If Marlborough Gallery had a reputation to worry about, they would be busy doing a lot of damage control for last Wednesday's rap joust, directed by Rashaad Newsome. A real-life manifestation of POWHIDA's mock-douchebag performance a few months back, it was another masturbatory celebration of wealth that sidelined the performers and sincerely made everyone look like VIP douchebags.
Rashaad Newsome’s rap joust had been billed as “an open call for participants, free and open to the public,” though we were advised that “space was limited and would be granted on a first-come, first-serve basis.” This meant that we were to wait in a freezing cold, roped-off line outside, whilst watching earlier-coming VIPs guzzle champagne through the gallery windows. Throughout the duration of our half-hour wait, a lime green, top-down Lamborghini (?) unbelievably blasted bass beats, possibly with keys left in the ignition. Editor Will Brand half-joked, “Fuck this art writing gig. I’m taking the car.” Then we longingly stared at the car until the bouncer finally tapped us in.
Another hour was spent drinking champagne in the gallery. Among Newsome’s many admirers, Performa founder RoseLee Goldberg has gushed, “He has a way of translating ideas that appear on MTV or appear on the street and somehow twisting it or distilling it — he puts a frame around it.” “Putting a frame around it” is just another way of saying he makes MTV imagery look like art. Here, the frame is less art than gold leaf; the space was filled with Newsome’s coats-of-bling, fleur de lis-style, impeccably crafted collages of lithic jewelry, shiny hubcaps, watches, and luscious locks of Pantene hair, crafted to look like opulent European jewels and textiles. By arranging images of bling in decorative weaves, Newsome has transformed them into the luxuries that they imitate. That Warhol-Koons-esque irony is overshadowed by the guiltless reality of their marketability; the Times reported that over half the works sold before the show even opened.
By the time Newsome and his judges were heralded in by hooded trumpeters, the crowd was loud and drunk. Four out of five of the throned judges were white, the idea being that these are art world nobles: Alanna Heiss, the founder of PS1, Julia Kaganskiy, editor of the Creators Project, Karin Nelson, editor of W Magazine, fashionista party promoter Andre J, and Charlie Ahearn, director of “Wild Style.” As a documenter of hip-hop culture since the late 70's, Ahearn was arguably the only person qualified to judge a rap battle. Chris Chambers, the PR rep for artists such as Drake and Outkast, had been advertised but didn't make it to the event.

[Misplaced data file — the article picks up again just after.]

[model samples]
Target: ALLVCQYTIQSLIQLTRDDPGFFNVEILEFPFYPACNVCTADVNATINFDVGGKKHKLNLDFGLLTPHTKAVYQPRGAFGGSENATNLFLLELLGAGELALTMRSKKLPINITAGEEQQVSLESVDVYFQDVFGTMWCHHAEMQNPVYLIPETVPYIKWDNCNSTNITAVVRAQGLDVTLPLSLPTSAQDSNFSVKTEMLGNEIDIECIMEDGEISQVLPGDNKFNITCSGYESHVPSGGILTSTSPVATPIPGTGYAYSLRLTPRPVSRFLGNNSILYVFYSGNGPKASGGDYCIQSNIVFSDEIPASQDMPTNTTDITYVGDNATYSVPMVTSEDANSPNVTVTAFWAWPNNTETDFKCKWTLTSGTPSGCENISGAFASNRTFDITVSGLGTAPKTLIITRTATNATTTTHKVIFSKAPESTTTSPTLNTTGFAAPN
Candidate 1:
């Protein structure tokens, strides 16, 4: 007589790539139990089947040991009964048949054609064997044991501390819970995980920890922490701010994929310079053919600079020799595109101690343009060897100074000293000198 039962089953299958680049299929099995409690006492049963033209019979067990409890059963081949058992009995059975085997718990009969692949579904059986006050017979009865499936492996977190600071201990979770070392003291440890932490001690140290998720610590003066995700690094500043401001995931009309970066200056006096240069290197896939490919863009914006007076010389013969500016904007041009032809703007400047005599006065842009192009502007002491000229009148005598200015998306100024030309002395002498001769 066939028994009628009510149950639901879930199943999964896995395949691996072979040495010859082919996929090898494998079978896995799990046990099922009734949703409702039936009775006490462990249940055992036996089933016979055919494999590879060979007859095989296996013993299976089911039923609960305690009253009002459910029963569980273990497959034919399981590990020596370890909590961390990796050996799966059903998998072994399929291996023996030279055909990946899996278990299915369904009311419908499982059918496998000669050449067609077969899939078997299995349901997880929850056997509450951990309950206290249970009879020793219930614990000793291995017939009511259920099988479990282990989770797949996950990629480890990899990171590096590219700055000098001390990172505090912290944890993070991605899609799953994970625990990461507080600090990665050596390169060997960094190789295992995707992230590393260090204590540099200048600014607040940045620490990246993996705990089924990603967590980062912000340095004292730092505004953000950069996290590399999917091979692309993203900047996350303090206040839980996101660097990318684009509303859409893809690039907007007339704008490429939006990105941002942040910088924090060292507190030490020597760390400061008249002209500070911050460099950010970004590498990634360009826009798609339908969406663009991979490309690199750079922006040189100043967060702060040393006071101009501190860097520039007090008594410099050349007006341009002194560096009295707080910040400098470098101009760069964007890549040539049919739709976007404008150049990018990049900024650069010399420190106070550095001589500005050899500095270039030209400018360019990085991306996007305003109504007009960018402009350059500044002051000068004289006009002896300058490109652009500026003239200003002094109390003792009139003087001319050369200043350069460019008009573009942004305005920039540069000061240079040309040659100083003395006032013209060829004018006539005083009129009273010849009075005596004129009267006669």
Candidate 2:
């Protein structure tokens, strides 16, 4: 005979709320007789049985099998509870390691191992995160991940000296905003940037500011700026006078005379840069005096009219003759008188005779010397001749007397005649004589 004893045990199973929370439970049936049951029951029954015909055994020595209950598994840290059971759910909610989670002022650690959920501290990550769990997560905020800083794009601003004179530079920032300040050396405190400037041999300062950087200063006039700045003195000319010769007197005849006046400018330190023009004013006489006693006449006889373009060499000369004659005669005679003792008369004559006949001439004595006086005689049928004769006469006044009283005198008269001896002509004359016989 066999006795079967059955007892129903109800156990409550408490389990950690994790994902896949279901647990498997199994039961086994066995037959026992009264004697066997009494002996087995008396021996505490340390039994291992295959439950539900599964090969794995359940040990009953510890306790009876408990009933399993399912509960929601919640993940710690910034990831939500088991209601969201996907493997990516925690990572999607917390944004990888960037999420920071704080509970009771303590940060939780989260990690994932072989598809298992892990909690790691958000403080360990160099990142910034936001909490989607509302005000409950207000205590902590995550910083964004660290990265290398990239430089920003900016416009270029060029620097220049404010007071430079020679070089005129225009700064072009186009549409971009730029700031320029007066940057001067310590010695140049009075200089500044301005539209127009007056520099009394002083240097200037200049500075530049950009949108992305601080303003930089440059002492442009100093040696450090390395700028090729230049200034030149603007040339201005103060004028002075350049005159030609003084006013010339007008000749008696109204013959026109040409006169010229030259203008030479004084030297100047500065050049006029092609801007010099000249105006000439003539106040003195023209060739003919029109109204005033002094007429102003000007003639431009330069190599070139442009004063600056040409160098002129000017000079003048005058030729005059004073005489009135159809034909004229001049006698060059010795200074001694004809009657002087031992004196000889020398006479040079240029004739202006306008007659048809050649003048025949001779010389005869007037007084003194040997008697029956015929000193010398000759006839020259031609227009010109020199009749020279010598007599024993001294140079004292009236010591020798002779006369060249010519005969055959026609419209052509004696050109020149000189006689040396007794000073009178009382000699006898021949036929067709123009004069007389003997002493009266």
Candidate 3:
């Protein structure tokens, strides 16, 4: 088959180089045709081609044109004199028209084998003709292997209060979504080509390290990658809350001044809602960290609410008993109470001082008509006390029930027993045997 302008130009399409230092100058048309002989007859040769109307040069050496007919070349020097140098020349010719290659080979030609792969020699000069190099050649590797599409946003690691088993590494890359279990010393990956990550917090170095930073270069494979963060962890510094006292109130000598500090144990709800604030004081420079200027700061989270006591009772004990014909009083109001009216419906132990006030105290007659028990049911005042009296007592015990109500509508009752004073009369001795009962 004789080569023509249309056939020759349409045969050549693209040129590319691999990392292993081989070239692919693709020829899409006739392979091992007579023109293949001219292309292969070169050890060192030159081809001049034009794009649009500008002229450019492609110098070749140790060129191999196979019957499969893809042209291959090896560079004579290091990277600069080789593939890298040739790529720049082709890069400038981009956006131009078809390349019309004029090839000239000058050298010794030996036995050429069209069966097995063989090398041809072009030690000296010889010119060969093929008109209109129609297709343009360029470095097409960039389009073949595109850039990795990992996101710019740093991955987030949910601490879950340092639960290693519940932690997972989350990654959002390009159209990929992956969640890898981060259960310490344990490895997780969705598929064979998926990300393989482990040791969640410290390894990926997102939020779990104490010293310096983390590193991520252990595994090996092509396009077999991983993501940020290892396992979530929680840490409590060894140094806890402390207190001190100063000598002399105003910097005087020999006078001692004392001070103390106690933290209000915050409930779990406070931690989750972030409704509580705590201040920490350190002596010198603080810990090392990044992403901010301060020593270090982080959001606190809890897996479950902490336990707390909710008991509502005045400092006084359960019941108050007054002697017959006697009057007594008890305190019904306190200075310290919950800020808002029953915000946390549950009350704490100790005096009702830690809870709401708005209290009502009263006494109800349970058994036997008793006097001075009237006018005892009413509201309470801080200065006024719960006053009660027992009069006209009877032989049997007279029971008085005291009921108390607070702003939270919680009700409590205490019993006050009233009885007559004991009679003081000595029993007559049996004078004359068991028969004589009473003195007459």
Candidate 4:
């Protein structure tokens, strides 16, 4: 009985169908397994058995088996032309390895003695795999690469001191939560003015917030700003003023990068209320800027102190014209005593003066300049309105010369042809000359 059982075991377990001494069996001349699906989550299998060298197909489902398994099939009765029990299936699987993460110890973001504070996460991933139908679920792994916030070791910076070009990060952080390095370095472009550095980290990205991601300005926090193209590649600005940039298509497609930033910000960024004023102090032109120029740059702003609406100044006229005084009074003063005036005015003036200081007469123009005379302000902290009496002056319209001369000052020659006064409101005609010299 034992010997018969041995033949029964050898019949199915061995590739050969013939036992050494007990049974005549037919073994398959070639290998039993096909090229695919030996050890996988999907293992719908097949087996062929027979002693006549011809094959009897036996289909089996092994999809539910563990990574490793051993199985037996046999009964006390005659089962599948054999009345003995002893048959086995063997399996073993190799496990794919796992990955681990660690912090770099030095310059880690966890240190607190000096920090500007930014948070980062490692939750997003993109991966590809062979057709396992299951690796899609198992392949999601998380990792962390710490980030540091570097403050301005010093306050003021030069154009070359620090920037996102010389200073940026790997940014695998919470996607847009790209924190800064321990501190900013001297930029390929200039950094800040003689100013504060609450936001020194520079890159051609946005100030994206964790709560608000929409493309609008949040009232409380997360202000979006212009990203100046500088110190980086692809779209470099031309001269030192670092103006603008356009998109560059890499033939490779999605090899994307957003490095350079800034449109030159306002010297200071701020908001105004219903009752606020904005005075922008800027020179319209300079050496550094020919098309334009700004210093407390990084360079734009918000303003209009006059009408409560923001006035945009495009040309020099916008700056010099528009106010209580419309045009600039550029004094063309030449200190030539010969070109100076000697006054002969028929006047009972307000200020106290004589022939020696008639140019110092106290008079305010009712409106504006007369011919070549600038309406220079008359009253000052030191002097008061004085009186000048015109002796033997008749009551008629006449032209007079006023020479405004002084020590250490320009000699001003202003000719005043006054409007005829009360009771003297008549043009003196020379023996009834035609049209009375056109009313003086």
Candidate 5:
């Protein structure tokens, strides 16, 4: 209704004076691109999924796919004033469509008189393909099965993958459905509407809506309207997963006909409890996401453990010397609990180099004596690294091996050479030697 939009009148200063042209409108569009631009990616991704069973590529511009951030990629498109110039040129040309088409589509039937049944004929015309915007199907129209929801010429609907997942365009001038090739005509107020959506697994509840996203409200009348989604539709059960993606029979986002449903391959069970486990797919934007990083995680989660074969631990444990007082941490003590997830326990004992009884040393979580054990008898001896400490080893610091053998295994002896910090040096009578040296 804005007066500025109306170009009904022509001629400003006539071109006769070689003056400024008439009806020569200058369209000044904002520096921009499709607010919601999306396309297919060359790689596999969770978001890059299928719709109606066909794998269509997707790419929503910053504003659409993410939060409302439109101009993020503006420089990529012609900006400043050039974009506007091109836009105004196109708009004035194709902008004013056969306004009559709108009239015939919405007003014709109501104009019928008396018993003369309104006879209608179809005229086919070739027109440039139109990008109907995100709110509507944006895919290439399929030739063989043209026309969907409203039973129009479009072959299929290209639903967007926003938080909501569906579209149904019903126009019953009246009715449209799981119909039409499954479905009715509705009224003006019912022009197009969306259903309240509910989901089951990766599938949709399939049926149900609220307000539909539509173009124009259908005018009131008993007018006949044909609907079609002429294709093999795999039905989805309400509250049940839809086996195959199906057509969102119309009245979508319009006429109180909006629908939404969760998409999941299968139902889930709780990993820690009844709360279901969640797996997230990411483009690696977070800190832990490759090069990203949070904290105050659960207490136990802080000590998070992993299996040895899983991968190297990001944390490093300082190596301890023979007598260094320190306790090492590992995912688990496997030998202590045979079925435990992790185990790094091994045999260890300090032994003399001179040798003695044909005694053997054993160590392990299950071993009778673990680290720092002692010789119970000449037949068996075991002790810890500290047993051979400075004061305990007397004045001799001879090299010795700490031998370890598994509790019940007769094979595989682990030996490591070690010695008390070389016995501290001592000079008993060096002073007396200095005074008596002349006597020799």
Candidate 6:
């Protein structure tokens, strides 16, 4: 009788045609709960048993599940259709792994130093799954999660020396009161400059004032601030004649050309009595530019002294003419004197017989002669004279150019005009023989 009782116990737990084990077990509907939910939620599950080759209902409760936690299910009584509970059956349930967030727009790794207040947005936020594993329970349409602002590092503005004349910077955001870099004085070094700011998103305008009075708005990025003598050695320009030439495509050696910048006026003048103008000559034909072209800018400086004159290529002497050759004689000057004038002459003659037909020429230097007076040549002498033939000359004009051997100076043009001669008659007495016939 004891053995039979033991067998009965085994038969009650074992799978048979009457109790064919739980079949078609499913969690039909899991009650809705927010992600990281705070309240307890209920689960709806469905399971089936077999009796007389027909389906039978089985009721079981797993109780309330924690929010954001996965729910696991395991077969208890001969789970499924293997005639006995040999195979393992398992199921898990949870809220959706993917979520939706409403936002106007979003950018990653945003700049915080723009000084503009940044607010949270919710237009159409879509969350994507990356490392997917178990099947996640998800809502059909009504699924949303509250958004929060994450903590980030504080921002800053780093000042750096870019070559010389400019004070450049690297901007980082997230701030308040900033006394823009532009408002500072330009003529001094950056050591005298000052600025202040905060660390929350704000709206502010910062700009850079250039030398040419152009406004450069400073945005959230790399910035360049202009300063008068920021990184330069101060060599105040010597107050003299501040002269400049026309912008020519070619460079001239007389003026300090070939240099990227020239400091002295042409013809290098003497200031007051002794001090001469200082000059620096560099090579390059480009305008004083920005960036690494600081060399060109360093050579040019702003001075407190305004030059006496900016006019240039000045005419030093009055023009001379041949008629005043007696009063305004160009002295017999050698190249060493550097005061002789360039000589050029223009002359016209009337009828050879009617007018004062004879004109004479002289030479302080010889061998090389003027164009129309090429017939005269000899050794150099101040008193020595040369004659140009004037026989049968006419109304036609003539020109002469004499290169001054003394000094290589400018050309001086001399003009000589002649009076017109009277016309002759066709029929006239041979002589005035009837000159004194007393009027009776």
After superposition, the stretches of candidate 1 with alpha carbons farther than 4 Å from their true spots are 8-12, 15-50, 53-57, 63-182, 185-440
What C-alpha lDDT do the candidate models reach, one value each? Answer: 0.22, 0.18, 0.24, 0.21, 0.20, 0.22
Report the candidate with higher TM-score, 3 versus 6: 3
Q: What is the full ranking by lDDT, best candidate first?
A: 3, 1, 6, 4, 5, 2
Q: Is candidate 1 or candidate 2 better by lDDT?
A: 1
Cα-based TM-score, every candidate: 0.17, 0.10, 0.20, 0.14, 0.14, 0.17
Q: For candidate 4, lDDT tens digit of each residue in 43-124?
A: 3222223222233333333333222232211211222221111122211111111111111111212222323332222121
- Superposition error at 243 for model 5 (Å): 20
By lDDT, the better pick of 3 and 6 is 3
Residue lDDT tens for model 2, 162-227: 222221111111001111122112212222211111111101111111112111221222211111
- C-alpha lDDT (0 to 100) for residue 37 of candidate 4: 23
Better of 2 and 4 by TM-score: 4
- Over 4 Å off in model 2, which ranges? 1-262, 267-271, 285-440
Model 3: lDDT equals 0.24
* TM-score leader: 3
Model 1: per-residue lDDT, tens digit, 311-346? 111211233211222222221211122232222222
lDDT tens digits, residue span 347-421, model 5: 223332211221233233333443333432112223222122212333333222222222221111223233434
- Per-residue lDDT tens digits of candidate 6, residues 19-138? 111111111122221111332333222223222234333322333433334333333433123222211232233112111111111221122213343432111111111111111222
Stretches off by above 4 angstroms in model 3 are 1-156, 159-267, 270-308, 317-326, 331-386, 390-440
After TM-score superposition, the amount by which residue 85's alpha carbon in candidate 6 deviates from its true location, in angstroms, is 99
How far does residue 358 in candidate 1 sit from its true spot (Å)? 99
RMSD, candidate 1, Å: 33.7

The participants' names were and still are notably absent from press materials. What we got instead were their portraits on a huge screen in the background, in what looked like intro shots from a VH1 reality love competition, surrounded by swirling wreaths of Newsome’s glimmering watches, bracelets and car parts. At no point was the stage visible to any of us, since the crowd around it was densely packed with art and rap folk alike, arranged tallest people in front, shortest in back; this was a problem, since most of the rappers were short, and it was impossible to hear them through the audience and severely ringing mic. The only person I could see consistently through the crowd was a blond girl in scarves and a twisted bun, presumably a contestant’s girlfriend, drunkenly gesturing onstage between the rappers, plastic champagne cup in hand.
Immediately after the performance the judges were to cast their votes. What was the criteria? It seemed no one had been briefed on that, which made snippets of commentary sound as vapid as the prevalent gold trim. “I’m giving it to the girl” announced Alanna Heiss. Andre J. chastised the performers for not paying enough attention to him, complaining, “The crowd isn’t judging you!” Meanwhile, Charlie Ahearn was the only judge who seemed to have a clue about what would be needed to properly evaluate the show: working microphones. He announced early on that they would not be able to competently judge under these conditions, before conceding that, like the others, he’d give the girl the win.
Perhaps the biggest problem with the performance was that the entire audience was so cozily out of place. Under the guise of rap culture and art ideology, there was only fashion. If Rashaad Newsome is king, then what does that make us- his serfs? Maybe this hits too close to home, or maybe we've just seen one too many of these overly-funded, thinly-veiled ploys at celebrity, named art.